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Carl Sagan

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  1. Now we just need to burn their ships! Then they'll be sorry. Seriously, when the time comes, whenever that time is, I do want to make them pay.
  2. As a club we are desperate for money. If another club has funds, it makes sense for them to circle us looking for talent. Buchanan did far better than I expected last season but in case you didn't realize, we are a club desperate for money. People are saying we have no replacement but for a start we have Forsyth and Shinnie who can play there. If the money is decent we have too take it. End of. Some players improve and others regress. I don't know what direction Buchanan will go but if we have to sacrifice him for the good of the club, then so be it. I would rather sell young Lee, promising as he is, than Sibley or Knight.
  3. What amazing times these must have been. I live near Queenhithe in London which Alfred the Great used as the docks when repopulating London 30 years earlier. How had the great Roman walled city of London come to have been abandoned? If it weren't for Alfred, would we nowadays be thought part of Scandinavia with our proud Viking heritage?
  4. Sorry you're right. It's weird I have a blindspot when it comes to him, but he is a player we need to see us through these times.
  5. If I get to choose I'm bringing Elon with me as I know we'd be firm friends, making history together. And he'd have the wherewithal to make life as comfortable as could be done, topping us up with regular supplies over the years. Two forum members? That's impossible! But @TigerTeddcomes as a fellow space enthusiast. I know there are others and I love the forum for the engagement with space people have, but maybe @Inverurie Ramto entertain us with obscure music over the years? Another celebrity? And one I'm not allowed to proposition? I'm going to go with Annie Hathaway, partly as the movie Interstellar prepared her for a lonely life in space away from most of the rest of Humanity. And, even though I'm not allowed to proposition her, I know she fancies me. She was doing a one-woman play in the New York Public Theatre one time where she played a drone pilot, flying bombers in Afghanistan remotely from the Nevada desert. And she chose me from the audience to be the guy she picked up in a bar ended up having babies with. Maybe this time we'd have Martian babies? I'm not breaking the rules, I was coerced!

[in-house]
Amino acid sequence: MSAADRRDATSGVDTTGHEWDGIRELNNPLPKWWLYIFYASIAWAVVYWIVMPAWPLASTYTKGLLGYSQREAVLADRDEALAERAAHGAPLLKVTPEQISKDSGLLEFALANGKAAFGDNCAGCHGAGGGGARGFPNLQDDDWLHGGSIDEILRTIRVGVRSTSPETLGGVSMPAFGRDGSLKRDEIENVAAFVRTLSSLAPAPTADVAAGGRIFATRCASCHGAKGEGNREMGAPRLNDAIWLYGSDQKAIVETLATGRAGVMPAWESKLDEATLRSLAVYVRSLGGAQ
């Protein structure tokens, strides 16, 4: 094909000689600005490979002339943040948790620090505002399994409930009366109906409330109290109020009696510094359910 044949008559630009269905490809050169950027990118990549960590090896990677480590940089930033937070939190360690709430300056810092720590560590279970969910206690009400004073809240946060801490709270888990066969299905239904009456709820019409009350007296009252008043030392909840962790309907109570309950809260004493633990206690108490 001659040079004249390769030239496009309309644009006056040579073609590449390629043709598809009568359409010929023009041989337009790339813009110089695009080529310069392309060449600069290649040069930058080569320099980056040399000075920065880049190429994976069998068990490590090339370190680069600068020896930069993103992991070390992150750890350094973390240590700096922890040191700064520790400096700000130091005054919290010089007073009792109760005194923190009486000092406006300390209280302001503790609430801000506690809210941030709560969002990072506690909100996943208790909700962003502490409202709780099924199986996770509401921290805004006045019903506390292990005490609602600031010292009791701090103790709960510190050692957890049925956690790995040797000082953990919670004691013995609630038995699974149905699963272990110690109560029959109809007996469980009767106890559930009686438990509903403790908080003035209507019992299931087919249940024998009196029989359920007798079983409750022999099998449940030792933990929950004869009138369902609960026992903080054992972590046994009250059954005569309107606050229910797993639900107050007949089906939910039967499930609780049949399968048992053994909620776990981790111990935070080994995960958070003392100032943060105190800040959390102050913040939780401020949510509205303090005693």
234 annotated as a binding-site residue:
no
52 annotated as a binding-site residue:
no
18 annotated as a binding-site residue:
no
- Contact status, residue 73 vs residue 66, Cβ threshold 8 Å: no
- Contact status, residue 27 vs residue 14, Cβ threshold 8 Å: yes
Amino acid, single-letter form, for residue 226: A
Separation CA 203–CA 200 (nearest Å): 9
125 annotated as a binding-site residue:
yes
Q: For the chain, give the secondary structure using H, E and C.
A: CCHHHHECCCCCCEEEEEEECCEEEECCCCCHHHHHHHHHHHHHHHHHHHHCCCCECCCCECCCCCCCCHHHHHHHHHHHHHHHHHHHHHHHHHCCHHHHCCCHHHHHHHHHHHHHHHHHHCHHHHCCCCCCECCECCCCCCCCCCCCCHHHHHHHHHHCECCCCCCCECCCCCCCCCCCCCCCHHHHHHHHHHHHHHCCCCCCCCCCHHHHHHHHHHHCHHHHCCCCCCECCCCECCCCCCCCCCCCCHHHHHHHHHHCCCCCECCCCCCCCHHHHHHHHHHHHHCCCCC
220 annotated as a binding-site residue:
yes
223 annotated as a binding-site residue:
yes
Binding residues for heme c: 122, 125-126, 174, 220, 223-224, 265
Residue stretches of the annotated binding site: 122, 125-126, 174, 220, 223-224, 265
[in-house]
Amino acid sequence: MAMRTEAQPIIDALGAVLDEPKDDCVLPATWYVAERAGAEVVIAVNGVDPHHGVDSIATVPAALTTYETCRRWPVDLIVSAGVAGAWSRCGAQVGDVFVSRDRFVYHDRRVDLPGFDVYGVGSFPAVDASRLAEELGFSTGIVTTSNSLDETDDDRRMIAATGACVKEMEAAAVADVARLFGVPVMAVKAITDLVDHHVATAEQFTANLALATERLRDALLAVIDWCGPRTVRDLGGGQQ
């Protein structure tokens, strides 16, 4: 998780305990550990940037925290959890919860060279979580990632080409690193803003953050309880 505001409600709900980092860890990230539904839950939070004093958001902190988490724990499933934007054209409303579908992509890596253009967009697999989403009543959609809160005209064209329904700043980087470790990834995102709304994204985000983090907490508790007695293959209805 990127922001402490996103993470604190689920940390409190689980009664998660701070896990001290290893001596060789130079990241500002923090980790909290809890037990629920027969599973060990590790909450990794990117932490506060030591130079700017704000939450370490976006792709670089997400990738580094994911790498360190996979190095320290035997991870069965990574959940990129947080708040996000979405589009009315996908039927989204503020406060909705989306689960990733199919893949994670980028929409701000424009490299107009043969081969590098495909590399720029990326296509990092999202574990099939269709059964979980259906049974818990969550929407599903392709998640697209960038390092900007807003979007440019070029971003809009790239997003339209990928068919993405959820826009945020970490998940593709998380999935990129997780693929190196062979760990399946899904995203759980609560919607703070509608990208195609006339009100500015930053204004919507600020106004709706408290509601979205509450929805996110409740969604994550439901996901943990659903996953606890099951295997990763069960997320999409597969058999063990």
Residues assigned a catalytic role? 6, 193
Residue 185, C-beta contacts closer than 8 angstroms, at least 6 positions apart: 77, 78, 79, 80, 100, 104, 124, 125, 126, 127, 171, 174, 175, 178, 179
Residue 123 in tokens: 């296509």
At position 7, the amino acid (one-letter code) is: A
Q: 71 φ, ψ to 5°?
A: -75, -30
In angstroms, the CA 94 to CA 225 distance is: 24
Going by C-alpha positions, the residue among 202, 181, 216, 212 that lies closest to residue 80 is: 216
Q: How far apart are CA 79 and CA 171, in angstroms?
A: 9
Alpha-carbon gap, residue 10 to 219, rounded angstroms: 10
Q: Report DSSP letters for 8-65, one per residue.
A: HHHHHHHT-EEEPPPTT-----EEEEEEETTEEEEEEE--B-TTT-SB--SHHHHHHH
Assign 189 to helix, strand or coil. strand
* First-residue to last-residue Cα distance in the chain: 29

6. Our youth midfield triumvirate of Sibley, Knight and Bird can and all should be better than Carroll. For me he'd be a squad filler blocking their progress and right now that's the last thing we need. It's a gamble but everything is a gamble this season. We have to trust those three and Bielik when fit, with cameos from some of the others. Our need for central defenders and a forward is much greater.
  7. Well this is curious. Especially when we have no money. If we were riding high and wanting to expand the academy programme further I could understand it.
  8. The point is space will be hard to monetize until the space-based economy matures, but we need to fund innovation and development. Space tourism is seen as a way of doing that. But I agree in the grand scheme of things it's a bit of a red herring. The launch of the Roadster was to test the Falcon Heavy on its maiden flight. It needed a payload but it's hard to get someone to pay to have their satellites launched on an untried rocket. So normally engineers put a slab of concrete of the desired mass in the top of the rocket to test it. How much better to launch the Tesla to inspire, excite and entertain people with what SpaceX is doing? It's a wonderful thing that Musk is also trying to make space cool and fun.
  9. We all agreed on 4 initially, and then it seemed odd the reports said 5. I think Davies is a massive risk after last season's injury. But he is a tremendous man and maybe that's what we need. When he was named on the bench for the Wednesday relegation decider I couldn't believe it, and apparently he had to sign a disclaimer to play as it was against medical advice. But still a massive risk. I really like Jagielka and would snap him up despite his age.